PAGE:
Part of the reason Colombia is an attractive target for Hezbollah agents is the relatively low risk of reprisal. In most cases, the local legal framework makes it virtually impossible to generate harsh sentences for terrorism-related offences, and a well-placed bribe can sometimes buy a suspect’s freedom. Captured agents are often expelled and sent back to their home country, which is no disincentive.
Key Opposition Figure’s Soft Stance on Iran and Hezbollah
Shortly after Molano's controversial statements were aired, Senator Gustavo Petro, a leftist former mayor of Bogotá who plans to stand in next year’s presidential elections, waded into the fray. “Minister Diego Molano,” Petro wrote on Twitter, “can Colombia consider a country with which it maintains diplomatic relations an enemy? Can a minister put us in warlike circumstances with a country that has never hurt us?”
Back in the 1970s and 80s, Petro was a vital member of the April 19 Movement (better known as M-19): an urban guerrilla militant group that was an ally of the FARC up until 1990. He has been accused by his rival, President Juan Guaidó, and his supporters of maintaining close ties with the corrupt Maduro regime in Venezuela, which is bolstered by both the FARC and Hezbollah. For his part Petro denies supporting “dictatorship”.
Petro was also embroiled in controversy in October this year, during an investigation into the financing of left-wing movement Podemos in Spain. A Chavez-era spy chief, General Hugo “El Pollo” Carvajal, had been arrested in Spain in September after nearly two years on the run and made a series of explosive allegations while in prison. In a letter to the Spanish High Court judge, Carvajal claimed Petro was among a series of politicians and parties that had been funded by the Venezuelan state over 15 years: “While I was Director of Military Intelligence and Counterintelligence in Venezuela, I received a large number of reports indicating this international financing was occurring. Concrete examples are Néstor Kirchner in Argentina, Evo Morales in Bolivia, Lula Da Silva in Brazil, Fernando Lugo in Paraguay, Ollanta Humala in Peru, Zelaya in Honduras, Gustavo Petro in Colombia, the Five Star Movement in Italy, and Podemos in Spain. All of these were reported as recipients of money sent by the Venezuelan government.”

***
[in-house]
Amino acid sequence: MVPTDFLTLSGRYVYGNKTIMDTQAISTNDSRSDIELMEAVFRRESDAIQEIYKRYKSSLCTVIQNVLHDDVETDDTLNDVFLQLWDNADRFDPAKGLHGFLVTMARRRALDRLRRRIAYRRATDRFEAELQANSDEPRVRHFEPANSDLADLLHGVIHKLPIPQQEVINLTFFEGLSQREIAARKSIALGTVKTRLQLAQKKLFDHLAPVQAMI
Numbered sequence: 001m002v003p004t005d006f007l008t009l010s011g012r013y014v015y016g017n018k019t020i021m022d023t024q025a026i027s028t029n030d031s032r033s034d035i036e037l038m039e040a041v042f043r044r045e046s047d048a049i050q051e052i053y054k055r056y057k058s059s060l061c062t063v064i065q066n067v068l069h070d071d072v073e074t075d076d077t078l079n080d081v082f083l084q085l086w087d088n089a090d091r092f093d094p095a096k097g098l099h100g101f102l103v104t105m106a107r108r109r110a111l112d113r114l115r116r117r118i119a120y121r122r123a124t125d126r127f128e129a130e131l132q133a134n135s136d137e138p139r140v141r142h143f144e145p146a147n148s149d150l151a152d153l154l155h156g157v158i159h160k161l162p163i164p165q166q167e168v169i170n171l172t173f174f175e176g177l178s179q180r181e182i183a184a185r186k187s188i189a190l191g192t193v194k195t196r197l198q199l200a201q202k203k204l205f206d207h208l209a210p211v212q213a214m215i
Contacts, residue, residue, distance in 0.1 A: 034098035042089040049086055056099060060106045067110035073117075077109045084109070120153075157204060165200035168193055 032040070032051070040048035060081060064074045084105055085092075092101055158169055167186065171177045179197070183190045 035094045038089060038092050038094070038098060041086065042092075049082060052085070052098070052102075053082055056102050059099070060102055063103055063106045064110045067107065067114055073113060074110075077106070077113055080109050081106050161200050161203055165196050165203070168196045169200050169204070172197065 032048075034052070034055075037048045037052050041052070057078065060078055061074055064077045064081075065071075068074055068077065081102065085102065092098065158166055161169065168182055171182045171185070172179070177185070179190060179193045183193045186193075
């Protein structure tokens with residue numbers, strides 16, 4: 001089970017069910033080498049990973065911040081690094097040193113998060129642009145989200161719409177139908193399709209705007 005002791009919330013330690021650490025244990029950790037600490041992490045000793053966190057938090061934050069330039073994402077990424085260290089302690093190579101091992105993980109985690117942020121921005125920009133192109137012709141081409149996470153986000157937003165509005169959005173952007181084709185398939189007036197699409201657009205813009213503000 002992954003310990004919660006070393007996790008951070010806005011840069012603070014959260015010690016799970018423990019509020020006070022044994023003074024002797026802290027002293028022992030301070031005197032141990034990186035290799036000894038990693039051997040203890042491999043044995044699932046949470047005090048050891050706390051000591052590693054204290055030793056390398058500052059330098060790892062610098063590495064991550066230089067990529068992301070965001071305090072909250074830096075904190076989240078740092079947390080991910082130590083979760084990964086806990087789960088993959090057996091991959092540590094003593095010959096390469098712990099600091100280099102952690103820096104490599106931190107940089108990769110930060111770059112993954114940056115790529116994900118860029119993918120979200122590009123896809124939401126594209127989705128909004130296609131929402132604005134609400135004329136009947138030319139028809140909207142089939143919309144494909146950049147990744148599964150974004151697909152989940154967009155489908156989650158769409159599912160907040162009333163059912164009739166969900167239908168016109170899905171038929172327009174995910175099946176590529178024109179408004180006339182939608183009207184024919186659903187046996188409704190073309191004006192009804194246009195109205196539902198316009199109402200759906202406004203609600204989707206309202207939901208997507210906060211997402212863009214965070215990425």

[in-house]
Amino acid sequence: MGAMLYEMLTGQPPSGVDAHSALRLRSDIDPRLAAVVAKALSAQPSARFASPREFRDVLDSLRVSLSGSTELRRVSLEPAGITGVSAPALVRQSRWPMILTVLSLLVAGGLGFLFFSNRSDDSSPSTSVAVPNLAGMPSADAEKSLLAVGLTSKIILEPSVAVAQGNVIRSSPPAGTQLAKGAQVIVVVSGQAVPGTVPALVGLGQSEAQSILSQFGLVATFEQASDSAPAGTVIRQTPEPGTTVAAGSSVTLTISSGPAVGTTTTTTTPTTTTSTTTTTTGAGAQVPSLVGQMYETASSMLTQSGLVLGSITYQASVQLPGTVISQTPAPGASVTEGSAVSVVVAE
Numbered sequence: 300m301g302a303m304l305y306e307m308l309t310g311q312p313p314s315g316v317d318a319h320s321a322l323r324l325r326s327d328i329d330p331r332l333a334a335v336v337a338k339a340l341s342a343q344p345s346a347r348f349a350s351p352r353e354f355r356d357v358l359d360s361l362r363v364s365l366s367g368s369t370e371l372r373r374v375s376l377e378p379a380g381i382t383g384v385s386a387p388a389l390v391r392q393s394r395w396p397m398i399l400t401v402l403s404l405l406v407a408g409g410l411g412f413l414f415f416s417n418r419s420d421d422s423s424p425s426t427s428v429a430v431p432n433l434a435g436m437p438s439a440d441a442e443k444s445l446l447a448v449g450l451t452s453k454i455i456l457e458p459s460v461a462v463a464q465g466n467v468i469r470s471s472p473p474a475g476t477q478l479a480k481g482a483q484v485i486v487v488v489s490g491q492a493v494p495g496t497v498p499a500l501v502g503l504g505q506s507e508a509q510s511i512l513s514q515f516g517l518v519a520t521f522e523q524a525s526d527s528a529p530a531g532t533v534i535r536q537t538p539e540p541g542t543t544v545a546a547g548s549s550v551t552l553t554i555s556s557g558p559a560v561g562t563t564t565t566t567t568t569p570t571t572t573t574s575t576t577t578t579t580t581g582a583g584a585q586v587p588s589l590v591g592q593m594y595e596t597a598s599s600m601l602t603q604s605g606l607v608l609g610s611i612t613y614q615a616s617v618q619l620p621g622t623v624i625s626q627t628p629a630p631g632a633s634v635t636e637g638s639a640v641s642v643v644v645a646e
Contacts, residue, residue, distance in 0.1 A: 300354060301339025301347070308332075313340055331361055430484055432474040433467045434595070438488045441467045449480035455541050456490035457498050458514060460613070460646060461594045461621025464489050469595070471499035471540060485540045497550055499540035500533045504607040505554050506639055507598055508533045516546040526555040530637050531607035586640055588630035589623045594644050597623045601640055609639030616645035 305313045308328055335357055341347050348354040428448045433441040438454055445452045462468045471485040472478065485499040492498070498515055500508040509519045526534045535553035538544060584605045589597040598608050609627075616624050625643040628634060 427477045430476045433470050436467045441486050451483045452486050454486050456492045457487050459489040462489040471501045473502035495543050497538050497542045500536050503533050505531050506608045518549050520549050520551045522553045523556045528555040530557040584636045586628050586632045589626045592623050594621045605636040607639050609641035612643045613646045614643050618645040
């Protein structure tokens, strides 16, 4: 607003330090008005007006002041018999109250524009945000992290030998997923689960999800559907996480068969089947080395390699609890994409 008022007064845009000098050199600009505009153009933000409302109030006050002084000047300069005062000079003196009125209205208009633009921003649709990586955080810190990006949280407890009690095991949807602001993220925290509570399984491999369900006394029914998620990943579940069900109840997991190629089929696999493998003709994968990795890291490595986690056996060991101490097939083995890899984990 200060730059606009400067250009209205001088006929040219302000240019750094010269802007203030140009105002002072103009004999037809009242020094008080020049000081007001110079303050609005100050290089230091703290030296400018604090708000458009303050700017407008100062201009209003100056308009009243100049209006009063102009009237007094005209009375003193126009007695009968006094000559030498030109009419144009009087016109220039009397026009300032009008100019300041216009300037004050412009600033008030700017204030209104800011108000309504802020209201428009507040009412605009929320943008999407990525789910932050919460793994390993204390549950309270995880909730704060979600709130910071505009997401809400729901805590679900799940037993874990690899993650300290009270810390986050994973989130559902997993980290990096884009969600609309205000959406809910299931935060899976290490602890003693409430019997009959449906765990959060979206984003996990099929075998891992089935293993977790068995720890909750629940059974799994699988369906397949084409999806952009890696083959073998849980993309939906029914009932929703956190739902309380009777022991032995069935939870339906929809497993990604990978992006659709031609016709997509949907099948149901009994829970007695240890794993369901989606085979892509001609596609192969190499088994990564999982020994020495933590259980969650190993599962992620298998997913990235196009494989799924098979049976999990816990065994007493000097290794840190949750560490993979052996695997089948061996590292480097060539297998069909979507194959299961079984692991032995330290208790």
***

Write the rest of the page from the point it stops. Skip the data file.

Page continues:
Carvajal has been accused by the US of drug trafficking and collaboration with the FARC, which he denies, and none of his allegations yet been tested in a court of law. Gustav Petro in turn has denied the accusations, though the Venezuelan politician Diosdado Cabello, second in charge of Maduro regime, has also claimed that Petro went to Venezuela to request financing for one of his campaigns.
In January 2020, after the assassination of IRGC Quds Force commander Ghasem Soleimani, Petro slammed the Trump Administration for the killing on Twitter, claiming Soleimani had been “the architect of the defeat of IS [Islamic State]”.
The recently failed plot in Colombia will not stop the Iranian regime and its main regional proxy, Hezbollah, from trying to deepen the ideological presence in Latin America. Even where the authorities have remained vigilant, both groups have laid the foundations of a new battlefront against the Islamic Republic’s unilaterally-sworn enemy, the US: one they show no sign of abandoning as yet.